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Ride-share drivers protest unionization outside Councilmember's house

A dozen Uber and Lyft drivers protested against unionization in front of a Seattle City Councilmember Mike O’Brien house Monday morning, April 3, 2017. (Photo: KOMO News)

SEATTLE - About a dozen Uber and Lyft drivers protested in front of a Seattle City Councilmember’s house Monday morning.

Armed with bullhorns and neon signs, the group voiced opposition to a law allowing drivers for ride-share companies to unionize.

In late 2015, Seattle became the first city in the nation to pass such a law. The U.S. Chamber of Commerce took the City to court to block the law before an important deadline on Monday.

“Today is the deadline day Uber is to turn over our private information, driver’s license number, address, phone number turn it over to the Teamsters and we don’t want our information put out there like that,” Charles Jenkins, an Uber and Lyft driver who organized Monday’s protest, told KOMO Monday.

U.S. District Court Judge Robert Lasnik is weighing the case and has not yet issued a ruling.

The Chamber of Commerce argues that the law is trumped by federal antitrust and labor laws, according to the Associated Press. Lawyers for the City of Seattle say that the law is not pre-empted by federal law and that drivers can bargain over their working conditions.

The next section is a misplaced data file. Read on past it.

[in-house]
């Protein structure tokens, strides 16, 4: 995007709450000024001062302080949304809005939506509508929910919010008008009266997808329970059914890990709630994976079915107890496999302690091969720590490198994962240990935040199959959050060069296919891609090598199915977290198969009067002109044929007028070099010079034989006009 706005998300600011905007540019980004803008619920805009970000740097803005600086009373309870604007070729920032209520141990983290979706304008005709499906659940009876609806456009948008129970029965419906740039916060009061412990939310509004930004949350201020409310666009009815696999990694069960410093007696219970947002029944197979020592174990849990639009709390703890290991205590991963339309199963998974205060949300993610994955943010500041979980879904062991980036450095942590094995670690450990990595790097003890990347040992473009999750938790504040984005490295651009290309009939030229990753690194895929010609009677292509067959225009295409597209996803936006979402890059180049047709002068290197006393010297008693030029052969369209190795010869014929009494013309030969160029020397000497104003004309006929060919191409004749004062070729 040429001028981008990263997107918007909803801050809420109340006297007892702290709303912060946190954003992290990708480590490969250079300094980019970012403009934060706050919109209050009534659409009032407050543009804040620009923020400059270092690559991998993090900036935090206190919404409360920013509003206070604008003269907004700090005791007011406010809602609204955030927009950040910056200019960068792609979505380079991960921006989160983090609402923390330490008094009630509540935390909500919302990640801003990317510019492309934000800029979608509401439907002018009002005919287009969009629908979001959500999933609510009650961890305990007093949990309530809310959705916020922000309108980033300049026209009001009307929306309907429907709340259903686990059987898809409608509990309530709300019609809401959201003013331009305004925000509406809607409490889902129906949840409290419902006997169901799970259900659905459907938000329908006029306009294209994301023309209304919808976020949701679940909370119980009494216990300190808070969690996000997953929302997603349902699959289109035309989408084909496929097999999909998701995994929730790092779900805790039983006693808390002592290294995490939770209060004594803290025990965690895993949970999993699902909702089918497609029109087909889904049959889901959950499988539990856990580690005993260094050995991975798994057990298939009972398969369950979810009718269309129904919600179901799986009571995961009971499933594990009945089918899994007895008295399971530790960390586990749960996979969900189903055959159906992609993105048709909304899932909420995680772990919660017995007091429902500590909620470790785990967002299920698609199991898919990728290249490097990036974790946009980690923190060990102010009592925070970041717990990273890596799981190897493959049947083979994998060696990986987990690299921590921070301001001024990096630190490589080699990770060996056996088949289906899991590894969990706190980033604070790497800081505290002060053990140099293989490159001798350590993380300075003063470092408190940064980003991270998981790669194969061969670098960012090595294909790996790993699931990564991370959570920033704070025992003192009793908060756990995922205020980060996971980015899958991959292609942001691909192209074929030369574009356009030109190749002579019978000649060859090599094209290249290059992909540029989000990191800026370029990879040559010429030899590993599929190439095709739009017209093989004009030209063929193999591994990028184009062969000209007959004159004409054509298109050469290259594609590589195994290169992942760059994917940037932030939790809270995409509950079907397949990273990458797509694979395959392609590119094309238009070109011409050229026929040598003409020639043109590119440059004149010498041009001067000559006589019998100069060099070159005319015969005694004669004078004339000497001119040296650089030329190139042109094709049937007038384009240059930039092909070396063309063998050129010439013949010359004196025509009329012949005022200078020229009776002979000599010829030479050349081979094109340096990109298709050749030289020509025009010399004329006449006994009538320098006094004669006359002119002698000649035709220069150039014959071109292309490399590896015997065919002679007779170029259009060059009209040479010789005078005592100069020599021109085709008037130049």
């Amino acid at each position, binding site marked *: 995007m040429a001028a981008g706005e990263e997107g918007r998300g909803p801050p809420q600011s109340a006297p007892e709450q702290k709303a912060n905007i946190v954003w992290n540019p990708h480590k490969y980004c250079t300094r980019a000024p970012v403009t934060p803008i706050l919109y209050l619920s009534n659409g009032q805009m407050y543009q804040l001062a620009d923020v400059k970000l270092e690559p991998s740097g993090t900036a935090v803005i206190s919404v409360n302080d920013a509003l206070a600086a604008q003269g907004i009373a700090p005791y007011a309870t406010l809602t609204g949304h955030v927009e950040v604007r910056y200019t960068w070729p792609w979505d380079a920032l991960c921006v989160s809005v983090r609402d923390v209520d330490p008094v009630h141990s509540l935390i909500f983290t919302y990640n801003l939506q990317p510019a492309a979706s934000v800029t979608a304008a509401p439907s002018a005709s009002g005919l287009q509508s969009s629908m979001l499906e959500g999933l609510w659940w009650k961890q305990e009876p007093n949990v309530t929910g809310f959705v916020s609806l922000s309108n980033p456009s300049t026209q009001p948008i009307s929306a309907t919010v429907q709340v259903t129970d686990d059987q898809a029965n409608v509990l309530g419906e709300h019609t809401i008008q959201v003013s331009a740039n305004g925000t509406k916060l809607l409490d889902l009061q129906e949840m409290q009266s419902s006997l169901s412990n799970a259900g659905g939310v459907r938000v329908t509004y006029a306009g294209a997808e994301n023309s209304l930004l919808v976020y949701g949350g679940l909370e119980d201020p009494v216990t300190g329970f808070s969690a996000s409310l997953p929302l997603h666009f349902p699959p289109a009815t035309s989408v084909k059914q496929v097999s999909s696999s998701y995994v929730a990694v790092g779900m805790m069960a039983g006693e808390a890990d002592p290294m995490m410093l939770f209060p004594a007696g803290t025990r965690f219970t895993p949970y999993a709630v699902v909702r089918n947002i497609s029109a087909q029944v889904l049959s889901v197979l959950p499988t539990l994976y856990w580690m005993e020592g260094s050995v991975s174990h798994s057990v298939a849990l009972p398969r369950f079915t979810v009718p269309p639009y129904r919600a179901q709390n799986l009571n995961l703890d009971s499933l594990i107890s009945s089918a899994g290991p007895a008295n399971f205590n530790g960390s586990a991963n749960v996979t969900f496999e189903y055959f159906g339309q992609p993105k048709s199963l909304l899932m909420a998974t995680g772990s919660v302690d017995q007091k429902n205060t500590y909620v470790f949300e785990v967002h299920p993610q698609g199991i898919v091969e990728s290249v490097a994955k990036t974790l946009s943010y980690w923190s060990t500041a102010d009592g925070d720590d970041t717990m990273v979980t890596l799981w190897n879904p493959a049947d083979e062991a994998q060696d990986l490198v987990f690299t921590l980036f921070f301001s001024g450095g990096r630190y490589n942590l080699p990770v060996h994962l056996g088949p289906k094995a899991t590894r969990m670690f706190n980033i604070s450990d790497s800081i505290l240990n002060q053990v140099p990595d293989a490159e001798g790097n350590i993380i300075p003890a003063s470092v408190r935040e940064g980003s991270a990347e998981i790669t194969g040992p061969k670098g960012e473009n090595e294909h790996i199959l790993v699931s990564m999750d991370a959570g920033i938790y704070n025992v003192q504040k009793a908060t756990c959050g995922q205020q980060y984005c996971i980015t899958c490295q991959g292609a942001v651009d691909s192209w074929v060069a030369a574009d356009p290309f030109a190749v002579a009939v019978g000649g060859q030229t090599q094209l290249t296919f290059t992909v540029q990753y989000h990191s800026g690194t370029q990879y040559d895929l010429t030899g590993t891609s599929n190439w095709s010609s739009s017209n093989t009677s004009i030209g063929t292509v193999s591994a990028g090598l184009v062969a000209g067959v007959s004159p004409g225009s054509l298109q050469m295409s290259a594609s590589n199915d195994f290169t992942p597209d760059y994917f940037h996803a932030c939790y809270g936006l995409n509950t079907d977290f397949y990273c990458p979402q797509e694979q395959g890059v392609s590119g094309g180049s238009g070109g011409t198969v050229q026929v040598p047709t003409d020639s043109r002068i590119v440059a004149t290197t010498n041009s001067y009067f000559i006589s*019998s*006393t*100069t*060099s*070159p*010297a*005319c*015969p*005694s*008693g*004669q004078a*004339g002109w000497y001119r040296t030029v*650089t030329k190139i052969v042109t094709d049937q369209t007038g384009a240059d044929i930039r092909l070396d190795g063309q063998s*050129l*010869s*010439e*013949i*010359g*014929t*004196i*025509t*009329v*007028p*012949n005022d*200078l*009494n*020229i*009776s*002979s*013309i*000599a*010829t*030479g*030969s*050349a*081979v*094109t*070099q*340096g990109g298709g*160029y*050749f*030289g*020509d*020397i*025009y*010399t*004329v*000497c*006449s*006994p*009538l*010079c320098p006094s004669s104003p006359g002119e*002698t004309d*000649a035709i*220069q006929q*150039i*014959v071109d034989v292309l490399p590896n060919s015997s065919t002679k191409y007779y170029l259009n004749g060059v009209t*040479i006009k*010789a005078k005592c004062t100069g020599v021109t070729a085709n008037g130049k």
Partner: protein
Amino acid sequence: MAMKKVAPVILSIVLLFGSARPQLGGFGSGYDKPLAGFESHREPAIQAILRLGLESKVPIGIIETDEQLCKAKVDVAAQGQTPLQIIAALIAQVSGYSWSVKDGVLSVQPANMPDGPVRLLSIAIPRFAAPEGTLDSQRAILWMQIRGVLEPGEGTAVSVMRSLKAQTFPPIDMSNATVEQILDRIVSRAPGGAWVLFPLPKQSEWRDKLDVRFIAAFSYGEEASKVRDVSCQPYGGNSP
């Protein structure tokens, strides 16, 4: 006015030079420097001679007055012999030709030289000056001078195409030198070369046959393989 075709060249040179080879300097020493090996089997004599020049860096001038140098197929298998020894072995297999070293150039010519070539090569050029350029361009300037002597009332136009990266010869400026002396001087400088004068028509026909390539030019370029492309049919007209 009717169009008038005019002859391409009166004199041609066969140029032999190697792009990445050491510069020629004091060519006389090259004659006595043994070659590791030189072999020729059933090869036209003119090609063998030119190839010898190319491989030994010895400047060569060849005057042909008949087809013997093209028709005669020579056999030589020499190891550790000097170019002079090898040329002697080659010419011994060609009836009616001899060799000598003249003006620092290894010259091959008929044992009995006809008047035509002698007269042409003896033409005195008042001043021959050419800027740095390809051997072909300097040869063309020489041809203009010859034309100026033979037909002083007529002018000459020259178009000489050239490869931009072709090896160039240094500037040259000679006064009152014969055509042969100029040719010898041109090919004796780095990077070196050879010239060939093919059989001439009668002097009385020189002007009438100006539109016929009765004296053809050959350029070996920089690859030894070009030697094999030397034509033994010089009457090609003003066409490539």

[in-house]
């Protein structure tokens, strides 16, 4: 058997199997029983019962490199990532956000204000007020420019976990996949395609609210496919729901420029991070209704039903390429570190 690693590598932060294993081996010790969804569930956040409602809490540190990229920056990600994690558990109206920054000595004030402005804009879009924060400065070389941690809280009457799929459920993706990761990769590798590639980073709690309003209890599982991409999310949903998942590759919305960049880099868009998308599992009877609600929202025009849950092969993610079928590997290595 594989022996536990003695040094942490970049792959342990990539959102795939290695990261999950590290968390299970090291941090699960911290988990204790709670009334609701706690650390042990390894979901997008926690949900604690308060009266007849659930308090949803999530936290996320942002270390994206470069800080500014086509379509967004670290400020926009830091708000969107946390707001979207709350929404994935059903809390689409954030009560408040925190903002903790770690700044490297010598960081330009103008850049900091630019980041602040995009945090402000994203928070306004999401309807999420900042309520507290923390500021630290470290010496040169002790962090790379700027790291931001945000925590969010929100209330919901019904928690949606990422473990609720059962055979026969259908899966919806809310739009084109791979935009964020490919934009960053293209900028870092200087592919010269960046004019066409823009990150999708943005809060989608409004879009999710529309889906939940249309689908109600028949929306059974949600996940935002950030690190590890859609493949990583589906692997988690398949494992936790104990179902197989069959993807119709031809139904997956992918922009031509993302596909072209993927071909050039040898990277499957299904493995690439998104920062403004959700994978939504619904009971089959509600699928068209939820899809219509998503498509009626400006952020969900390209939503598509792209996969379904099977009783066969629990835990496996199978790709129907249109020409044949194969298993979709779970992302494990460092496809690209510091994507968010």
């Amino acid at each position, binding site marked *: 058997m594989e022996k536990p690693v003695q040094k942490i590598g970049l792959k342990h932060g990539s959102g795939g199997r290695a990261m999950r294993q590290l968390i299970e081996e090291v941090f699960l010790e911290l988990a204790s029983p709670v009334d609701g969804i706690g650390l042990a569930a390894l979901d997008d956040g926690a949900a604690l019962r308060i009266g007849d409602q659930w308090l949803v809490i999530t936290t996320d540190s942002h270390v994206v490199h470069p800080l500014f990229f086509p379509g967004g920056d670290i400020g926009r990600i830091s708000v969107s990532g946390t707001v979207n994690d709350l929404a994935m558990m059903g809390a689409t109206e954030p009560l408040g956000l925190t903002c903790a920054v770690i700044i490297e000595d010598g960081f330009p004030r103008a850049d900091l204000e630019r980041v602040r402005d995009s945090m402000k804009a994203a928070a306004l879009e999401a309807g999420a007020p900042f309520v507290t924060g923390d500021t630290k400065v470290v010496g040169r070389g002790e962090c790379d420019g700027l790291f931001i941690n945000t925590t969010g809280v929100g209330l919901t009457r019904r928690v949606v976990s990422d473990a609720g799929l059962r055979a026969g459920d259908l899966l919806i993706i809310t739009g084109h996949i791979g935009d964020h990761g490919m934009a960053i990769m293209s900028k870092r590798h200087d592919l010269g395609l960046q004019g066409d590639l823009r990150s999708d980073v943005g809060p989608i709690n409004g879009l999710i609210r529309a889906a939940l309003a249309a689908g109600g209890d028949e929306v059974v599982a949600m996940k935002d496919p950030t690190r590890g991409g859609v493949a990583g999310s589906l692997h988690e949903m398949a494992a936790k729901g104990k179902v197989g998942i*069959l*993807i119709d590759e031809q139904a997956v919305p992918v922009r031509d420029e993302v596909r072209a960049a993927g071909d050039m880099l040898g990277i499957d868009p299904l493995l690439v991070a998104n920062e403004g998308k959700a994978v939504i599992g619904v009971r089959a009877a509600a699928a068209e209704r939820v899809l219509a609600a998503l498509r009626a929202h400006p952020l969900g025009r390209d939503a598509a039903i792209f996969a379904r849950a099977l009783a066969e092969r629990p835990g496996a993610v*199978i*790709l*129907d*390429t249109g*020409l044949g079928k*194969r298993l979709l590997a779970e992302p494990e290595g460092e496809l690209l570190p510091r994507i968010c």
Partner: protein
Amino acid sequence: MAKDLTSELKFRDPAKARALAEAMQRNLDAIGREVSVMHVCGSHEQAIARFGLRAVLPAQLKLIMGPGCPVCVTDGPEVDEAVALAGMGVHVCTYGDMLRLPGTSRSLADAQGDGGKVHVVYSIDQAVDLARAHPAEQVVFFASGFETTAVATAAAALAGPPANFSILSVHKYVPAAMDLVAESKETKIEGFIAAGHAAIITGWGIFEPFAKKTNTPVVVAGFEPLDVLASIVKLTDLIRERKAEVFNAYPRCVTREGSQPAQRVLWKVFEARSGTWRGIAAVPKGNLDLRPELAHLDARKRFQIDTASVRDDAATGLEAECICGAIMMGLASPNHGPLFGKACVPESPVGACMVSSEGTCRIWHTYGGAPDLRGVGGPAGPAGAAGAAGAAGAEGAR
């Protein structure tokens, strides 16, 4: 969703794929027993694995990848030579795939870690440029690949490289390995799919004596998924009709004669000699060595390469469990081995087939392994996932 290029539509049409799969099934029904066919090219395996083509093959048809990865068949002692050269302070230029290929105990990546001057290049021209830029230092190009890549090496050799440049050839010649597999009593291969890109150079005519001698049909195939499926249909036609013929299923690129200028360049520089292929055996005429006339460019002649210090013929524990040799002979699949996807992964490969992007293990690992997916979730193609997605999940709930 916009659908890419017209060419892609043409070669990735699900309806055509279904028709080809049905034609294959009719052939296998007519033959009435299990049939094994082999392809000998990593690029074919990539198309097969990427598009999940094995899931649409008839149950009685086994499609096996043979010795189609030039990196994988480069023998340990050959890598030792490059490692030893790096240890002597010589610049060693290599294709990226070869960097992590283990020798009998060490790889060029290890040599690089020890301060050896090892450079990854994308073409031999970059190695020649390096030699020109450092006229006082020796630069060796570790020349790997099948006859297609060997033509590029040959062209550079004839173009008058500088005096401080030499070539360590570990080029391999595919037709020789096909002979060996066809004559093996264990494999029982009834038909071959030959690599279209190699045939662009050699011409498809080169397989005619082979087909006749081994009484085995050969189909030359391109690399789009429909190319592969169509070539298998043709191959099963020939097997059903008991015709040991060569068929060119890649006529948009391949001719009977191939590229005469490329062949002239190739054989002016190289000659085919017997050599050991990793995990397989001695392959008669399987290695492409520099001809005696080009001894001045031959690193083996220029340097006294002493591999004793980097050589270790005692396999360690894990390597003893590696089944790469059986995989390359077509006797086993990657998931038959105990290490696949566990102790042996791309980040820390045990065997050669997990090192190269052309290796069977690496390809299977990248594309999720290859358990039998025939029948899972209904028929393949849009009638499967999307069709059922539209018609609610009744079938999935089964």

“Ultimately this is going to cost me and the rest of the drivers the position we’re in and it’s probably going to cost the riders themselves,” Uber driver Kenneth Likout said at the protest Monday.

Councilmember Mike O’Brien was not at home when the protesters were there. He declined a request for an interview Monday.

Jenkins calls O’Brien was a force behind the law allowing the independent contractors to form collective bargaining units so they can negotiate with the ride-share companies.

“We have that flexibility to work when we want to work,” Jenkins said. “If you’re a single mom and you gotta go pick up your kids at school, you go get your kids then you can go drive. If there’s an emergency you can stop, turn the app off and go drive.”

But at the busy Seattle-Tacoma International Airport ride-share stand Monday, several drivers said they weren’t opposed to the idea of joining a union.

“A union is going to protect us. We are losing some of our rights because of our not having a union,” said Bayissa Titha, who drives for Uber. “It’s not about our money, it’s about our rights. Say we don’t have medical insurance, we don’t have our voices heard from Uber or Lyft, so to me it’s really very important.”

Sergio Alvares, a Lyft driver, said he once belonged to a carpenters’ union and wouldn’t mind rejoining another.

“For me we need to be represented, but on the other hand I need to know what’s involved. What’s the cost? What’s it going to take? Things we have to do and things of that nature,” Alavres said.

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